As the inclination towards outsourcing permeates the legal services industry, Artificial Intelligence threatens the place of humans in the legal sphere, most notably within the field of arbitration law.
Varsha Banta, Jindal Global Law School, O.P. Jindal Global University, Sonipat, Haryana, India.
The present paper is an endeavour into understanding technological disruption in the field of arbitration. In a dynamic world where individuals and businesses constantly outsource their tasks to external agencies for benefits of greater expertise or reduced costs, this paper argues that this inclination towards outsourcing is permeating the legal services industry as well. The only difference is, here, this external agency, Artificial Intelligence (“Al”), threatens the place of humans in the legal sphere, most notably within the field of arbitration law.
More specifically, the discussion unfolds into increased reliance on predictive justice tools to grant awards, and the challenges such reliance poses in terms of efficiency, confidentiality and control of proceedings. This paper is a relevant inquiry as it creates a space to stop and take heed of the rapid technological reforms the world is undergoing today.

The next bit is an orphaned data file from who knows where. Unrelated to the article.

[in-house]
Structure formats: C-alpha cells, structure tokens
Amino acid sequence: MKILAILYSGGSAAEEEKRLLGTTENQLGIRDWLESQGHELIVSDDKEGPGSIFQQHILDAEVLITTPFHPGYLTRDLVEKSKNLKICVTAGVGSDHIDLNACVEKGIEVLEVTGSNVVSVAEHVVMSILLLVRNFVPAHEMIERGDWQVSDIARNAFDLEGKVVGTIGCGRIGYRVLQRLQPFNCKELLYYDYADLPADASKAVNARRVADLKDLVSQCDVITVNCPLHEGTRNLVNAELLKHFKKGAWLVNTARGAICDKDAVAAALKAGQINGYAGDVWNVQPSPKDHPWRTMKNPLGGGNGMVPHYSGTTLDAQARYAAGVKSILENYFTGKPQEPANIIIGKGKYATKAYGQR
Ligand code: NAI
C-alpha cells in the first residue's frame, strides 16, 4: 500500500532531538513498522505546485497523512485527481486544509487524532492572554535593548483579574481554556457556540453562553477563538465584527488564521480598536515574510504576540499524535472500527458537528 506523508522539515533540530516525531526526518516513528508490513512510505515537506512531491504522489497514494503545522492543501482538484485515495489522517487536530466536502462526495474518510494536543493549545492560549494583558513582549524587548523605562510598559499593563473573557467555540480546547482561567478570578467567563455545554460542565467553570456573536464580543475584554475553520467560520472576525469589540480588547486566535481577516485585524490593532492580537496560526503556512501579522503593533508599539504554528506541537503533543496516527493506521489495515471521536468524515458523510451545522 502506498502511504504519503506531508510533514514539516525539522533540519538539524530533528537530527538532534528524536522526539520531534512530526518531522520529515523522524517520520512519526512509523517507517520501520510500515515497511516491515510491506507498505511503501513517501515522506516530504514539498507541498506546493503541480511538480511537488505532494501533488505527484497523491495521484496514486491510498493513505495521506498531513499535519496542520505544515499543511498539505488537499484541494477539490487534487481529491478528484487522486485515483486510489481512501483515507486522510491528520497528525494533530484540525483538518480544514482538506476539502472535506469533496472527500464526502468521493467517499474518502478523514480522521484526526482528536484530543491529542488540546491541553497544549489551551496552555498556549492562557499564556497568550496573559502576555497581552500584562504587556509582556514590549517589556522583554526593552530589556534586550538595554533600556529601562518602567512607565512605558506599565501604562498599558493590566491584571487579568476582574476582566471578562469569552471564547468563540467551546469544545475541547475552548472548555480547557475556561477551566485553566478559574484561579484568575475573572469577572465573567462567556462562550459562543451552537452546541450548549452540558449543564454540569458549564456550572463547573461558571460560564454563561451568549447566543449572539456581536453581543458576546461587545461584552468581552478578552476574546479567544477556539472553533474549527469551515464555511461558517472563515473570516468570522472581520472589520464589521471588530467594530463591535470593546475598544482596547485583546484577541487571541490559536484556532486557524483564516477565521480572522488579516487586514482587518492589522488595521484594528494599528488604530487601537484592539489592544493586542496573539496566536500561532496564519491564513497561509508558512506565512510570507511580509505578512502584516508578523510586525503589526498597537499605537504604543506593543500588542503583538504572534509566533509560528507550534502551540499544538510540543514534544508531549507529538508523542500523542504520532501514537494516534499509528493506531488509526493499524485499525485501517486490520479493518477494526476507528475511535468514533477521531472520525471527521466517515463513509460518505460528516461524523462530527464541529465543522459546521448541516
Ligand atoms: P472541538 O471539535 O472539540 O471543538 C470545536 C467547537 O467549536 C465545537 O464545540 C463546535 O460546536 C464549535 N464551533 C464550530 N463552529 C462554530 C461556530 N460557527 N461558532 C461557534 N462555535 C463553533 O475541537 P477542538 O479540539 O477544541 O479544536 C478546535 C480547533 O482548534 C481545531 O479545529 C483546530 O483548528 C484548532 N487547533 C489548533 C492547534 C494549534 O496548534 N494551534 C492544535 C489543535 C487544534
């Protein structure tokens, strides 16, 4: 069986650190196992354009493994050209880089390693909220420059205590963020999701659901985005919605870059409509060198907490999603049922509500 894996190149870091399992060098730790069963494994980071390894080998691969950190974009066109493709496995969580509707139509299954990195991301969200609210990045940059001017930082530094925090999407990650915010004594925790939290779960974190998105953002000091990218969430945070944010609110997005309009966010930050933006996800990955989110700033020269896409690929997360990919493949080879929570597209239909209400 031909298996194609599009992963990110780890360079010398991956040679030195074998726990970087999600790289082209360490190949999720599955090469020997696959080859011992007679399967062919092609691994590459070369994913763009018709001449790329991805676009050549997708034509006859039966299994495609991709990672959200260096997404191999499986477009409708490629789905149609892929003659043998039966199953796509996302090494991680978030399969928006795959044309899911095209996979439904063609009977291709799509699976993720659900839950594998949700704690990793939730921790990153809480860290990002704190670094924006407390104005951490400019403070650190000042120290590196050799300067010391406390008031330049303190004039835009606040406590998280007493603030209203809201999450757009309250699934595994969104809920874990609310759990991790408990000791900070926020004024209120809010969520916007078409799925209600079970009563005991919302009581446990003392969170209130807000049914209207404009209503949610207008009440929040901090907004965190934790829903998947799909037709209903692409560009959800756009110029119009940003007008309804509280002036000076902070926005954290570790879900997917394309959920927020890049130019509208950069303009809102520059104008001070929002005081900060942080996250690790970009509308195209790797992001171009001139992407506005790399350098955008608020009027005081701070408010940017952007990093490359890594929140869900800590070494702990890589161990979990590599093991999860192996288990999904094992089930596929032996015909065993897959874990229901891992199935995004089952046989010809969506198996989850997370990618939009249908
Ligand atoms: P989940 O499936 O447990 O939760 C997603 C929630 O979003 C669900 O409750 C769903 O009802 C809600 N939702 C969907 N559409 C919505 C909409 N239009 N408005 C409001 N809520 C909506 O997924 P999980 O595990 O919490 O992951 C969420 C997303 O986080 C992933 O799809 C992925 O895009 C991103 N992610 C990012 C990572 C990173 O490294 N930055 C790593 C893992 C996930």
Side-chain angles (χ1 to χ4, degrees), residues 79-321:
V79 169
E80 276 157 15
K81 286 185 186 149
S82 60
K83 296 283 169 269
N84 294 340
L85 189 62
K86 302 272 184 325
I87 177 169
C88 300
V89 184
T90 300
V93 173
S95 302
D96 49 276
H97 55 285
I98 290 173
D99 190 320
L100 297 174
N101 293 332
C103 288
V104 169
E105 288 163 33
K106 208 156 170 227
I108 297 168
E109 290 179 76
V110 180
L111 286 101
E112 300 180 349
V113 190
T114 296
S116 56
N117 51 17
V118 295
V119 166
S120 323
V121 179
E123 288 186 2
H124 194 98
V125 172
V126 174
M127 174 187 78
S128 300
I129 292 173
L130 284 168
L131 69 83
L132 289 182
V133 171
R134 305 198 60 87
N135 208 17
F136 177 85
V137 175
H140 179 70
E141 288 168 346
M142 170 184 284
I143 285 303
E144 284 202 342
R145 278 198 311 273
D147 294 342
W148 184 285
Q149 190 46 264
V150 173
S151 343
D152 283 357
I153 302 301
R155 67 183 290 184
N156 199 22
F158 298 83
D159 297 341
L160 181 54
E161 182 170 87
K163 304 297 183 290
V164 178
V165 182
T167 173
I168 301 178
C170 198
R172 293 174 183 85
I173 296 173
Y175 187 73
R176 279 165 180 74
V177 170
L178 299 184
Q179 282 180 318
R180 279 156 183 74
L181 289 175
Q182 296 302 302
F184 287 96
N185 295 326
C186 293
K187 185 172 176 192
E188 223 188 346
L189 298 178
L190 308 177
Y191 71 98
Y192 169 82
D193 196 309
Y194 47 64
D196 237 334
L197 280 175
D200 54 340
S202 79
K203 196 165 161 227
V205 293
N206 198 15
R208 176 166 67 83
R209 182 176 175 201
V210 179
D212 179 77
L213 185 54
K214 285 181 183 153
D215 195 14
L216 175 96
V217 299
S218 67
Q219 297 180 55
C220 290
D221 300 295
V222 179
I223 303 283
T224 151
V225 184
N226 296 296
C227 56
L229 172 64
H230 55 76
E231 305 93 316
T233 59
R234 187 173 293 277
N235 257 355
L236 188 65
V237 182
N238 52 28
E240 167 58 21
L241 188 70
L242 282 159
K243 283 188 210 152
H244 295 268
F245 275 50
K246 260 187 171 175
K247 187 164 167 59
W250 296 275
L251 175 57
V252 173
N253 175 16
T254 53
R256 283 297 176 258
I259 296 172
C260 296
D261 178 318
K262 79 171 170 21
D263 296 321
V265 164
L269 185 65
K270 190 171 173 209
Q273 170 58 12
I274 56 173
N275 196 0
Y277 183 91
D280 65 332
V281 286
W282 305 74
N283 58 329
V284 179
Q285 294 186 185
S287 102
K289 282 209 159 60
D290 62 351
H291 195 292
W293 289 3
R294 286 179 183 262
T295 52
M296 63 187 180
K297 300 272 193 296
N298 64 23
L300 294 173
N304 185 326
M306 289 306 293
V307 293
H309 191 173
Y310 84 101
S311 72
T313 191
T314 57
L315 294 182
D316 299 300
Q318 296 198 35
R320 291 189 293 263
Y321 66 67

It takes a balanced view of the changes and the benefits they bring, but advocates for a traditional, humane approach to arbitration, with a view to continually uphold principles of equity and fairness. It is an attempt to remind oneself of the value of the human legal consciousness, and the perils of over-mechanization of legal services. Although present literature discusses the viability of robots as arbitrators, it does not offer a definitive stance. An attempt to offer such a stance has been made in this paper.
Published in: Indian Arbitration Law Review
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